A new relationship with animals, nature and each other.

Animals at Ground Zero

Animals at Ground Zero

Heroes in all shapes, sizes, and breeds
The dogs and their people who risked their lives to save others

Meet One of the Dog Teams
“We were a team, and if something wasn’t safe for the dogs, we would say.”

Pier 40: Heart of the Operation
How the animal rescue teams came together

The Four-Legged Heroes
How Dorado led his blind person to safety

Search & Rescue, Canine Style
The Suffolk Country crew sets up the MASH unit

Where Are They Now?
The dogs of 9/11 – 10 years later

Pets in Peril
Tweety-Pye gets left behind

Diary of a K-9 Team
Paul Morgan and Cody join the FEMA team

Preparing for Animal Care in a Disaster
A few quick tips to help keep you safe

If You’re an Animal Organization
Working together to build an emergency coalition

A Snapshot of the E-mails
“I am an active duty Marine. My 10 cats and 2 dogs will not have a home if we go to war…”

Other Websites

A Memorial Roster
Many of the dogs who worked at Ground Zero suffered serious health problems and passed away in the years that followed.

A Tribute
A preview to radio talk-show host Steve Dale’s book called Dog Heroes of September 11th: A Tribute to America’s Search and Rescue Dogs.

Heroes in all shapes, sizes, and breeds

They were among the great heroes of 9/11 – the dogs and their people who searched the wreckage, risking their own lives to save the lives of others. Many of them, human and canine became sick in the months and years that followed, from breathing in toxic dust and fumes that poisoned the air at Ground Zero.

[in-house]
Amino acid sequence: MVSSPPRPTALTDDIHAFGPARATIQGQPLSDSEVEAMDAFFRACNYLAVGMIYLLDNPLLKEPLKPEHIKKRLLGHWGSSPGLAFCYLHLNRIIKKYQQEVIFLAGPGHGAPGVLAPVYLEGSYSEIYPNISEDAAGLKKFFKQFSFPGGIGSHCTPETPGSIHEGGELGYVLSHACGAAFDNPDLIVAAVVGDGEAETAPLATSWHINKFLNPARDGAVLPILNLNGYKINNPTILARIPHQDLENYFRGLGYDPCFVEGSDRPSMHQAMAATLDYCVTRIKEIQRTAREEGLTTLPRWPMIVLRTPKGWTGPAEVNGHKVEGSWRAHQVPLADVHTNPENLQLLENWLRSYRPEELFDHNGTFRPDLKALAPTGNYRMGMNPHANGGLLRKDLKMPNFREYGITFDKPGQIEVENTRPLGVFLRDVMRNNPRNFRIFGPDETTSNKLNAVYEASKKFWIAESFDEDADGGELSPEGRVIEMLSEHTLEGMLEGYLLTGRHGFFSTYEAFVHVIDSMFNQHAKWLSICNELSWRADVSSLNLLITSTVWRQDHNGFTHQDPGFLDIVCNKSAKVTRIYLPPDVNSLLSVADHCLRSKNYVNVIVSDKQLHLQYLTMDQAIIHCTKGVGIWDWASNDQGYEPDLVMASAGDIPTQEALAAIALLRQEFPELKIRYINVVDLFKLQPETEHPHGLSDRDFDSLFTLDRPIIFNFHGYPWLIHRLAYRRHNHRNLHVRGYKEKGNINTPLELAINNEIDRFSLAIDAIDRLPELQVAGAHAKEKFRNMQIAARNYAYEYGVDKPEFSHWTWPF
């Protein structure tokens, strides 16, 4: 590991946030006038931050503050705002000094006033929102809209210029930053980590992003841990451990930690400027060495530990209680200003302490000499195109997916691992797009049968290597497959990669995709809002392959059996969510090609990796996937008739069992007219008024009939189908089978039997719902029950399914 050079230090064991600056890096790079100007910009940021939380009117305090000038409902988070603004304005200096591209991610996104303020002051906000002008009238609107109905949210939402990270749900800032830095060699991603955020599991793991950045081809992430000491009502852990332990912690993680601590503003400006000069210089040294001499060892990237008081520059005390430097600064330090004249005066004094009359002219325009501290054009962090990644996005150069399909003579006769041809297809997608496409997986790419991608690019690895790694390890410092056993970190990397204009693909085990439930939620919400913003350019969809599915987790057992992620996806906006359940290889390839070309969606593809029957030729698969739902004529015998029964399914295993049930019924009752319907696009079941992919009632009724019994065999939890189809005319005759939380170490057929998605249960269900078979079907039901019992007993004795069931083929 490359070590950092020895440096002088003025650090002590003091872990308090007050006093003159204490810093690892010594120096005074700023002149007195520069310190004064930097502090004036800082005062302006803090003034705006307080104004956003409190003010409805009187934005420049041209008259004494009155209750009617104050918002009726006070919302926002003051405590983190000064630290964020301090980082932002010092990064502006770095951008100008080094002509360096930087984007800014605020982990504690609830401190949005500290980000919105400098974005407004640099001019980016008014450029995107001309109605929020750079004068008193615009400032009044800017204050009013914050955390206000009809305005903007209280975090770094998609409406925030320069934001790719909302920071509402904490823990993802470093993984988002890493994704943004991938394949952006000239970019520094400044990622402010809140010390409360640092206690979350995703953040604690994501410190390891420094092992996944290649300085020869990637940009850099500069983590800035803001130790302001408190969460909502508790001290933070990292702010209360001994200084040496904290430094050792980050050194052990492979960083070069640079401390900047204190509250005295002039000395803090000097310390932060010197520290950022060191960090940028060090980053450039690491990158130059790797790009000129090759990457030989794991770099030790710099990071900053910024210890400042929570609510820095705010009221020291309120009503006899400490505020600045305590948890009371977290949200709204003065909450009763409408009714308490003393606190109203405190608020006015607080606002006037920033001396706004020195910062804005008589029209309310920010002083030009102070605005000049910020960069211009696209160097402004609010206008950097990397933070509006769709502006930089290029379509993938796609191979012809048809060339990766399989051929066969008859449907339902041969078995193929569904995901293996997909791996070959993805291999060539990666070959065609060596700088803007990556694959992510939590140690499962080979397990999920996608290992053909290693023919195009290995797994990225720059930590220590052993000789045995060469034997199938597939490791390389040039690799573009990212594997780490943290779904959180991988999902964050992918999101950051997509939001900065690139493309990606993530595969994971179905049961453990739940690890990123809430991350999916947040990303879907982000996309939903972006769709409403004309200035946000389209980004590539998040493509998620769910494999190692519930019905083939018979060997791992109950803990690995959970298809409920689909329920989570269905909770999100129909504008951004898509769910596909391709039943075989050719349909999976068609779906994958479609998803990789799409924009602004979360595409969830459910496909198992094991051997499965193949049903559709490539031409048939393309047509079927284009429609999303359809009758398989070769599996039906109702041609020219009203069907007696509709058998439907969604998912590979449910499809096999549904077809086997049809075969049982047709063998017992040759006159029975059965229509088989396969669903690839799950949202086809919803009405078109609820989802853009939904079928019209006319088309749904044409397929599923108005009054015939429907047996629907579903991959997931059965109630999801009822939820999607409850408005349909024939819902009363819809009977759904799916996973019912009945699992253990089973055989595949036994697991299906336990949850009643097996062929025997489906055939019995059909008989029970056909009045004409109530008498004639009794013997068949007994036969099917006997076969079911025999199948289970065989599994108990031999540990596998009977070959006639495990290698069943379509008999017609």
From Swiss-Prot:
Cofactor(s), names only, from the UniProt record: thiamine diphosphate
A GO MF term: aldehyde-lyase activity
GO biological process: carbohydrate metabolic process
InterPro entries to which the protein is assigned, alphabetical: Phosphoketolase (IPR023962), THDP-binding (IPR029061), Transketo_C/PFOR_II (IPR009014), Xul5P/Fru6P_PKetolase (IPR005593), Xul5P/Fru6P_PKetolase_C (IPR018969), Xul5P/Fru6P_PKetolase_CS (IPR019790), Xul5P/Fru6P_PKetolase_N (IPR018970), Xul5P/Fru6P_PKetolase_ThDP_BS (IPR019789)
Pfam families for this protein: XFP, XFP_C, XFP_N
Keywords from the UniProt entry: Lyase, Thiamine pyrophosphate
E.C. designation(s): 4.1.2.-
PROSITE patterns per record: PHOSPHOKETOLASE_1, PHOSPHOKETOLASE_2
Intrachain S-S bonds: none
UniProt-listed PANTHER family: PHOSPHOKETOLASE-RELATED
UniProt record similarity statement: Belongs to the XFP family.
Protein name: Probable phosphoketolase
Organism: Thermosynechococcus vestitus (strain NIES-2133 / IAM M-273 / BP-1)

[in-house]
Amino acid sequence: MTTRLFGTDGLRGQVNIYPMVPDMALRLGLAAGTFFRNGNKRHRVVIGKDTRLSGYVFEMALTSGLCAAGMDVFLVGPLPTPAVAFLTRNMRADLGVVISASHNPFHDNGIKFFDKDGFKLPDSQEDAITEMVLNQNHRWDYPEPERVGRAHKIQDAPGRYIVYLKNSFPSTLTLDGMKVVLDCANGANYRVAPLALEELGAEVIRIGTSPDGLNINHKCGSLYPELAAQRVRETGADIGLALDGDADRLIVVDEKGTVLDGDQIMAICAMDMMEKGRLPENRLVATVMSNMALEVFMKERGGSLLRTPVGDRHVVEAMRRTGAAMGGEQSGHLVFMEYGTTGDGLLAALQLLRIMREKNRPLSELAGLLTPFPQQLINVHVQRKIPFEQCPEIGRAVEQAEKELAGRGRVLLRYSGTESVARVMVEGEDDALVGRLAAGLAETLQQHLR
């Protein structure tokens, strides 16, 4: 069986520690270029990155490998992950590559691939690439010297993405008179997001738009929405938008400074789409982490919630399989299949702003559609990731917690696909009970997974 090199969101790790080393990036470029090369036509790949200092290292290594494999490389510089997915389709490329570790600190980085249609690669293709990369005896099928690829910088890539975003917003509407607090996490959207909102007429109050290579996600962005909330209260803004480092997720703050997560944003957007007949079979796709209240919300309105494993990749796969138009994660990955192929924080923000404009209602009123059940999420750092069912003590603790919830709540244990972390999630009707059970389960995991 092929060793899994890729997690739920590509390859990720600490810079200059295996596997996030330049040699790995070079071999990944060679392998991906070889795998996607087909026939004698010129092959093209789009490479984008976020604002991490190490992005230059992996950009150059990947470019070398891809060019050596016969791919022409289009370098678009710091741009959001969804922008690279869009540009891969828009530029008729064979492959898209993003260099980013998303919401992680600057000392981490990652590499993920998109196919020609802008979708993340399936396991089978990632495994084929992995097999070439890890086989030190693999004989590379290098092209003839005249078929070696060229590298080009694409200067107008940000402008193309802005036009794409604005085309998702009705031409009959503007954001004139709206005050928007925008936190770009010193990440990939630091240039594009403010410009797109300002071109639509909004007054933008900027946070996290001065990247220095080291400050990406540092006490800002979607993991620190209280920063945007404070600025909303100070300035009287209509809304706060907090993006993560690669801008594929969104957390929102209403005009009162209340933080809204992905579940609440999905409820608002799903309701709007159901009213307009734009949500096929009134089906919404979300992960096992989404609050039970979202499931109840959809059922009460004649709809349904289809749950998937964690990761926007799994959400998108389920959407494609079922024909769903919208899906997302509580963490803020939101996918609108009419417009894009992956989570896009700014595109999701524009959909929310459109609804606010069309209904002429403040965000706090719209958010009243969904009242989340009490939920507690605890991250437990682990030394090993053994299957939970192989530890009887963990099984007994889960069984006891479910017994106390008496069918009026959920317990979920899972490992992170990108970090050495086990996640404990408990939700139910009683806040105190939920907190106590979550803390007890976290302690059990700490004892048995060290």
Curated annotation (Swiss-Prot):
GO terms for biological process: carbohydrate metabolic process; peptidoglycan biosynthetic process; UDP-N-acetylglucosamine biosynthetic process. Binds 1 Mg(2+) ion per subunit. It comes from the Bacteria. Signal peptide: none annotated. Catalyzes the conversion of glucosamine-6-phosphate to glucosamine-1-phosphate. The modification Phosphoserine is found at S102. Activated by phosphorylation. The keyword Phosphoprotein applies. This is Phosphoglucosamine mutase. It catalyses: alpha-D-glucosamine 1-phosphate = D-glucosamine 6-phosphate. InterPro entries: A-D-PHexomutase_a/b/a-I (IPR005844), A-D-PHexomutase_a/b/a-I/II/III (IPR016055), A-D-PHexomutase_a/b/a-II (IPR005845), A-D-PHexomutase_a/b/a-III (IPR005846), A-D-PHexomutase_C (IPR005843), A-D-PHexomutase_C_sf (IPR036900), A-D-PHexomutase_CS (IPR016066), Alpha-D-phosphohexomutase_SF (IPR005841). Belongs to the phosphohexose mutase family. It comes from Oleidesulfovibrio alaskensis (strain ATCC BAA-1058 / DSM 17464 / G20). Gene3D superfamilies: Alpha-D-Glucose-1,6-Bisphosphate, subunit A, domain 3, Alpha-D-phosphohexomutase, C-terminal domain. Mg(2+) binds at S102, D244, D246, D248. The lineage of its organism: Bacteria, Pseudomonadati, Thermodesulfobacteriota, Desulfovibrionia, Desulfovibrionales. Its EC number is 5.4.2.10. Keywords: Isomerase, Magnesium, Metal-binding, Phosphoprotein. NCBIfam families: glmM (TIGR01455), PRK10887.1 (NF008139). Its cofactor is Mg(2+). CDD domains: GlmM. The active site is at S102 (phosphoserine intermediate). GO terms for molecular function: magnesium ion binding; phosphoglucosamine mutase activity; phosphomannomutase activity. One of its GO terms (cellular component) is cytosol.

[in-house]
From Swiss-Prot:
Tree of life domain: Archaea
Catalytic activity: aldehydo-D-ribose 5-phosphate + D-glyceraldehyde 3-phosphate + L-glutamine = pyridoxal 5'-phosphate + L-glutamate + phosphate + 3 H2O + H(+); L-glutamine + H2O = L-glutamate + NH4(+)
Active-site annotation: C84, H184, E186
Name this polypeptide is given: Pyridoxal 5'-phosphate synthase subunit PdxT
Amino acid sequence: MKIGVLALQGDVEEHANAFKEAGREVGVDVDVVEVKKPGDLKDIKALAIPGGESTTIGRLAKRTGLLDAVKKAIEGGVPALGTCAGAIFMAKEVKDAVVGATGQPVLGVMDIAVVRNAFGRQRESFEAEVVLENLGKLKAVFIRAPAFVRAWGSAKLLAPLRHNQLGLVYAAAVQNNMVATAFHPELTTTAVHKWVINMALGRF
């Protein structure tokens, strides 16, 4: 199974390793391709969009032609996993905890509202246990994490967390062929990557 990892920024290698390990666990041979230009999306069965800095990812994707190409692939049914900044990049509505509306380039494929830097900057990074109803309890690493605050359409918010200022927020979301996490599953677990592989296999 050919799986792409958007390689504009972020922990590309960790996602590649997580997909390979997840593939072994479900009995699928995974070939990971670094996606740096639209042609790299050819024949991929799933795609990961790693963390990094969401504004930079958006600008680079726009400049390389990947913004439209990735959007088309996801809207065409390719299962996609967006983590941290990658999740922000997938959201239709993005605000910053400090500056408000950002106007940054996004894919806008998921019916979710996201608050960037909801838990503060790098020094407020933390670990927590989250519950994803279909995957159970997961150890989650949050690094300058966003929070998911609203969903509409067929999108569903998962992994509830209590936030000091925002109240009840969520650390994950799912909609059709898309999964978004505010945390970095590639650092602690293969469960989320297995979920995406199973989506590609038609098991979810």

Today, most of the dogs have passed on. But they will not be forgotten. (And those who still survive have a tribute in a book of photos, Retrieved, that tells their story.)

By Michael Mountain

In the days following the attack, I stayed closely in touch with the director of New York City’s Animal Haven, Marcello Forte, who had been called down to Ground Zero to help manage supplies that were being donated from all over the country to help the animals. There were medical supplies for the search-and-rescue dogs; food and other gifts for pets who were suddenly homeless; help for the animal shelters who found themselves overflowing with new arrivals.

Marcello became our eyes and ears on the ground there. Here’s a digest of what he reported in the days that followed, along with first-hand stories from people who were part of the rescue team, people whose pets were stranded in offices and apartment buildings close by, and from people who were part of the rescue effort and made recommendation for what all of us involved in animal care could learn for any future reference.

Next: Meet One of the Dog Teams